As the end of Phase 1 of SAMSET passes, Simon Batchelor reflects on the important lessons he has learned from the programme of work.
I have worked in development for more than 30 years. Grey hair and aching joints mean that I have experienced some of the highs and lows of development work. Those times when a programmes contribution to development is washed away by a change in government, or times when simple ideas have grown to become policy and lift many off the poverty line. Times when I have worked with governments and times when I have sat with communities, lived with the people.
And yet to me SAMSET brought new insight. I would like to tell you why.
Municipality authorities – strange as it may seem, this was a level of governance that had passed me by in my career. Admittedly I worked a lot in rural areas. Back in the eighties when I started, everyone described Africa as dependent on agriculture, and rural livelihood improvements were the key. So I worked with ‘district’ authorities but not so much with municipalities. Now Africa has changed and will continue to change rapidly. Urban environments are the key challenge. Creating a space for urban based livelihoods, with all the complexity of transport systems and energy consumption. To me the municipal partners (in Awutu Sena East and Ga East Ghana; Jinja and Kasese Uganda, and Polokwane and Cape Town South Africa), have been a delight to work with. And consistent – they attend meetings and the same people attend meetings! How many times have I spent in my career developing a relationship with a government official only for them to be moved into a different ministry? And they take action – seeing some easy wins they have the authority to change building regulations or advice, and to purchase clean energy street furniture. There are indeed capacity challenges within municipalities, and indeed all the country wide problems of corruption are also within their processes; but when I consider some of the people I have worked with over the years, I say that our municipal partners were a delight to work with and I think we managed to achieve a great deal as a research project.
30 year time horizons – it is a sad reality of the development sector that people work in three or five year projects. Even large national programmes still set unrealistic targets in unrealistically short time spans. In SAMSET we have worked with municipalities to collect data, model it for population growth over 30 to 50 years, and then discussed the future. (For example Ga East LEAP Modelling Technical Report (ERC) (2017) and Jinja LEAP Modelling Technical Report (May 2017) (ERC). Our partners have considered what action they needed to take now to do something other than business as usual and to generate different futures for their cities. To some people the idea of thinking 50 years into the future is difficult. They say the pace of change of technology is such that we cannot know what it might look like. And yet at the same time others will argue that we have to. That the longer term visionaries are the ones who take small steps now which shape that technological change and address the environmental concerns (eg. Awutu Senya East Municipality Energy Futures Report 2015 (October 2015) (UoGhana)). It is true that self driving cars may change the shape of our cities. But it is also true that most cities in Africa will double in size within 10 years (due to population growth and inward migration). In SAMSET the municipality partners ‘stepped up to the plate’ (a baseball metaphor), and took a swing at looking at the future and taking action for the longer term future. For me this stood in contrast from so much experience of short term projects.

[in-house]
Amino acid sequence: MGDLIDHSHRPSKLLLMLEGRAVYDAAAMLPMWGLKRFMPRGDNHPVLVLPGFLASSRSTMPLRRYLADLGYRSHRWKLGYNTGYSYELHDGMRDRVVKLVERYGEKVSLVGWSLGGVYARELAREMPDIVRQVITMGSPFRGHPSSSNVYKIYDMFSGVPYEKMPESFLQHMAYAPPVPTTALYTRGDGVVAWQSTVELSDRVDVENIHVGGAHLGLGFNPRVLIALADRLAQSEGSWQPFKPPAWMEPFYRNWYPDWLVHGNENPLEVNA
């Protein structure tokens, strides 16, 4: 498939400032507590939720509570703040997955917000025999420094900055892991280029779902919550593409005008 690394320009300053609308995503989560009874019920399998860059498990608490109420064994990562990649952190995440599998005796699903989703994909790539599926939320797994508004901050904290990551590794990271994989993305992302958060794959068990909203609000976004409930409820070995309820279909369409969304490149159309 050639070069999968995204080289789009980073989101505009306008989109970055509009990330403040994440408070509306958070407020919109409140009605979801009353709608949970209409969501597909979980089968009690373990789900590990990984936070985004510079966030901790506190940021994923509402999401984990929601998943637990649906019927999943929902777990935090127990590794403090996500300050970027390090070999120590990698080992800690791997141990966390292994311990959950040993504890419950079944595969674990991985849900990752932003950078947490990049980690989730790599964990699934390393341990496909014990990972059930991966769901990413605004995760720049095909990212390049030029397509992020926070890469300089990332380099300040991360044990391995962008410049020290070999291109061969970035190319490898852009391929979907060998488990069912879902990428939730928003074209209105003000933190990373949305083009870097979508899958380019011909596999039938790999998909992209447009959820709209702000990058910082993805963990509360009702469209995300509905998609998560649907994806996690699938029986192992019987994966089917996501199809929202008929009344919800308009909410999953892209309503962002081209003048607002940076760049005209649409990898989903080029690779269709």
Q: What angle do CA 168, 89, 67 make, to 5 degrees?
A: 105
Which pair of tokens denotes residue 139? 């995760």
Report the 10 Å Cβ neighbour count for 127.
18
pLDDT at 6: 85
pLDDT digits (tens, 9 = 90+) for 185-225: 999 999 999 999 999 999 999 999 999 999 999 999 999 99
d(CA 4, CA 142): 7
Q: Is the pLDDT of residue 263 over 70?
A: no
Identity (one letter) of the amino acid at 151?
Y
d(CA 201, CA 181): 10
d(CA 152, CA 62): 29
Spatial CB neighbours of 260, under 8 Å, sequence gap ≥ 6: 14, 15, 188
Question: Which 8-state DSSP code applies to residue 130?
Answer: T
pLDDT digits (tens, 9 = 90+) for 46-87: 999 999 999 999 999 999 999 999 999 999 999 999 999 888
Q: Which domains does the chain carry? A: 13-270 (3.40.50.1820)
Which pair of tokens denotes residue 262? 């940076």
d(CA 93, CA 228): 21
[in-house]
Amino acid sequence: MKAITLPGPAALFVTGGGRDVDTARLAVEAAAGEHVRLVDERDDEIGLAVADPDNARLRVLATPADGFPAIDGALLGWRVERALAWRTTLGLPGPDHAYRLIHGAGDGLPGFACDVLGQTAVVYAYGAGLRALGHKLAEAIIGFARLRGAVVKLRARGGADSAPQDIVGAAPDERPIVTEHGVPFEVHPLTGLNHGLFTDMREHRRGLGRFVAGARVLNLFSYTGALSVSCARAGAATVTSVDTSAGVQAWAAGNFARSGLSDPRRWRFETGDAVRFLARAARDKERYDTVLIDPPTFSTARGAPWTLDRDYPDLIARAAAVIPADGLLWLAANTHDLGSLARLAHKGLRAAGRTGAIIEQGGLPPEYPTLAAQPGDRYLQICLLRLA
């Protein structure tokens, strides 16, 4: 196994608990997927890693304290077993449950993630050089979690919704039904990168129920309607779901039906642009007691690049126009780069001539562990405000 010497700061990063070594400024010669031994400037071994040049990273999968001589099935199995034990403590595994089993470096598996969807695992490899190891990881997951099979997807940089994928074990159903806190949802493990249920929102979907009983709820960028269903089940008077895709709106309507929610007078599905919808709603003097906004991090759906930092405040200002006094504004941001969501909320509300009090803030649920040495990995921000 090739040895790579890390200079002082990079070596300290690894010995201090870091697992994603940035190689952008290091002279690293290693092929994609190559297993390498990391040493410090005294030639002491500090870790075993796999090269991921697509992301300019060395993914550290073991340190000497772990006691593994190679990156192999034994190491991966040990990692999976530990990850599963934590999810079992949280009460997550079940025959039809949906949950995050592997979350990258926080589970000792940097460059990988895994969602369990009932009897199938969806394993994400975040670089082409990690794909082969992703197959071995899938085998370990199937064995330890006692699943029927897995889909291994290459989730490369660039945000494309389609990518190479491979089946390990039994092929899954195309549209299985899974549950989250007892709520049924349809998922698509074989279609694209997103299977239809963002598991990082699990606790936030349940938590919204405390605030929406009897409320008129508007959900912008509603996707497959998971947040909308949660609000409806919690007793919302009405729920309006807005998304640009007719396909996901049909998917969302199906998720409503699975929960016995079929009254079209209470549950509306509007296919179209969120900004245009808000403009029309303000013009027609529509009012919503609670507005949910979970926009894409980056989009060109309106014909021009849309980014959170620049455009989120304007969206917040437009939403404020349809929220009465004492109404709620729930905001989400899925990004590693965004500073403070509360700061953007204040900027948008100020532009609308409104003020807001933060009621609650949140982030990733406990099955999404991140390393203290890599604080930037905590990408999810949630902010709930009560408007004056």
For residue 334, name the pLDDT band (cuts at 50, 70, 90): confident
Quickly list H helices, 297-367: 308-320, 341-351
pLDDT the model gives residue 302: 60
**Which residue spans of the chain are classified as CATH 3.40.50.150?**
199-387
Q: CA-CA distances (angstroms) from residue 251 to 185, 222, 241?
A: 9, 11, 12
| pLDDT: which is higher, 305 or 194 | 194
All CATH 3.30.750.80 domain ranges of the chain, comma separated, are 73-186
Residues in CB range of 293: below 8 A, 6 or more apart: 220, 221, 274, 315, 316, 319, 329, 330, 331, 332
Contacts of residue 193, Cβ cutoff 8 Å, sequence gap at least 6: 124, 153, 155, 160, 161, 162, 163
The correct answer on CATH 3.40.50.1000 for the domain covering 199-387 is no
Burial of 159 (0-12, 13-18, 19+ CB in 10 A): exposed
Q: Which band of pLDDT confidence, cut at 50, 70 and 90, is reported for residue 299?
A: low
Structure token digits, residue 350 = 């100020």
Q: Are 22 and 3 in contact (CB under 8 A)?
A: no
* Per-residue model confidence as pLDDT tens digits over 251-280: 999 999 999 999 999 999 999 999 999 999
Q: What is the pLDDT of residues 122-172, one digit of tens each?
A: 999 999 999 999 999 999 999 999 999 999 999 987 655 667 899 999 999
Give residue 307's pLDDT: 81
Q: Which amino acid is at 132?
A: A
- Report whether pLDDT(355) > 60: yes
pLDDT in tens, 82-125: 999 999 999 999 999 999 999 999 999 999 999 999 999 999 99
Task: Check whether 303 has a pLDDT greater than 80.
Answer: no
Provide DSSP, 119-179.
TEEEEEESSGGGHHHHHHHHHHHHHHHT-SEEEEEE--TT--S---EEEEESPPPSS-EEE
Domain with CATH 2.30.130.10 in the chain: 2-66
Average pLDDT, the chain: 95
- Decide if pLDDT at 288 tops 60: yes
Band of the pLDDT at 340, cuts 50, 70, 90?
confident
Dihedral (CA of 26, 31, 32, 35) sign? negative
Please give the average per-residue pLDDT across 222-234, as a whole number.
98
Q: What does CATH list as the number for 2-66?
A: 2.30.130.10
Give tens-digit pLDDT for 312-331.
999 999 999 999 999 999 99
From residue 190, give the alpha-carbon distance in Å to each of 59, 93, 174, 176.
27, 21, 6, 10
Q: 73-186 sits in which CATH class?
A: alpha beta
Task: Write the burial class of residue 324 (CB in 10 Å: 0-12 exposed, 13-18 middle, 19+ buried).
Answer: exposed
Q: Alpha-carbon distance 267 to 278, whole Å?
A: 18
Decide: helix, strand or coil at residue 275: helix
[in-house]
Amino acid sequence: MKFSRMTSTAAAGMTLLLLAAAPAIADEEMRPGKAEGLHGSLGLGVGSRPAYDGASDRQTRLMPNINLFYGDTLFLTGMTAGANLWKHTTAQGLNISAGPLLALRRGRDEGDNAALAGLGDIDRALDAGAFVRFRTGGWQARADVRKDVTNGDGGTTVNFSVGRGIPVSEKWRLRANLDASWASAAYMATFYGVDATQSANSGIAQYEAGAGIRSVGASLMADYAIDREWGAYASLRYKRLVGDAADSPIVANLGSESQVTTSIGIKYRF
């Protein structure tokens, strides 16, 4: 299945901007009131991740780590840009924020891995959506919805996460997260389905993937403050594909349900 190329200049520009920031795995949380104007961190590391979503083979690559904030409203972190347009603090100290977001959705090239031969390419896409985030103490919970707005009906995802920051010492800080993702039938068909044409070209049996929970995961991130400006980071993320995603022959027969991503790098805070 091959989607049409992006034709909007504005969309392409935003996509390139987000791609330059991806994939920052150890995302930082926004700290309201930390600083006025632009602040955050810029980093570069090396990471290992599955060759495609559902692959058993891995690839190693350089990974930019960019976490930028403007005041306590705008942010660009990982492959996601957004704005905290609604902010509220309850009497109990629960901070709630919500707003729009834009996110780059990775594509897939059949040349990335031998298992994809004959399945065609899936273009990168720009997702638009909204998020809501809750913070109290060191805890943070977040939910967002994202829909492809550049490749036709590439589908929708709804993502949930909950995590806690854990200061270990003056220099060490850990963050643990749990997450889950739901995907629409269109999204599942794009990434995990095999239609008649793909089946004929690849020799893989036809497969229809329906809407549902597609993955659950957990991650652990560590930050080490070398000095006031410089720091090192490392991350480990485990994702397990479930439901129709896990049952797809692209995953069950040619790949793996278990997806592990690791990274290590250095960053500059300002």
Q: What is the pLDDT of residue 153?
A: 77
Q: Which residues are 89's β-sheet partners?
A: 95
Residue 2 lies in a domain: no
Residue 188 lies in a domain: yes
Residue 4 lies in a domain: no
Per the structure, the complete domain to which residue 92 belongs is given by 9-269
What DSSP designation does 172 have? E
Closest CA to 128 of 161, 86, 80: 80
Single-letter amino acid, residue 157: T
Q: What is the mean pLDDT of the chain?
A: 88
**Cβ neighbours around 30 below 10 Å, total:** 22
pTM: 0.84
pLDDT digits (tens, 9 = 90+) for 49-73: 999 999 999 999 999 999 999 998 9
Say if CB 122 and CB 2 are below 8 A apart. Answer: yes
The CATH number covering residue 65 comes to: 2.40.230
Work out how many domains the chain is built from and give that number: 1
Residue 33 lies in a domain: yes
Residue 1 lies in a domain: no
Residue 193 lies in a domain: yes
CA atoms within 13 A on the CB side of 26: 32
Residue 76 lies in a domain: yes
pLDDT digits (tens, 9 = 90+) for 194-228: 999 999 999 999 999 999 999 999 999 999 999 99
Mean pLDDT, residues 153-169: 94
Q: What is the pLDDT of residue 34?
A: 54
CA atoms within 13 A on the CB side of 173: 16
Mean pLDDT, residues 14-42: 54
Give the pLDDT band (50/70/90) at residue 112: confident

Evidence based decision making – has become a common phrase and yet in reality there is little actual data and what there is is rarely used. That’s why SAMSET was encouraging in my eyes. It started with data gathering. Not an easy task – to get granular data for a municipality means going and measuring it in partnership with the municipality. National statistics are too large too lumpy to enable municipal authorities to make sensible decisions for their own location. They tend to rely on feedback from citizens and staff to decide what to do. So to actually go and get the right data for making decisions was to me a great step forward.
There are probably other things that have made SAMSET noticeable in my eyes, but these are the three that come to mind as I sit to write this. If all my future projects had a sensible long term horizon, a level of governance with consistency in its personnel and an ability to reflect and act, and was willing to gather the right evidence in order to make a sensible decision – I would be happy.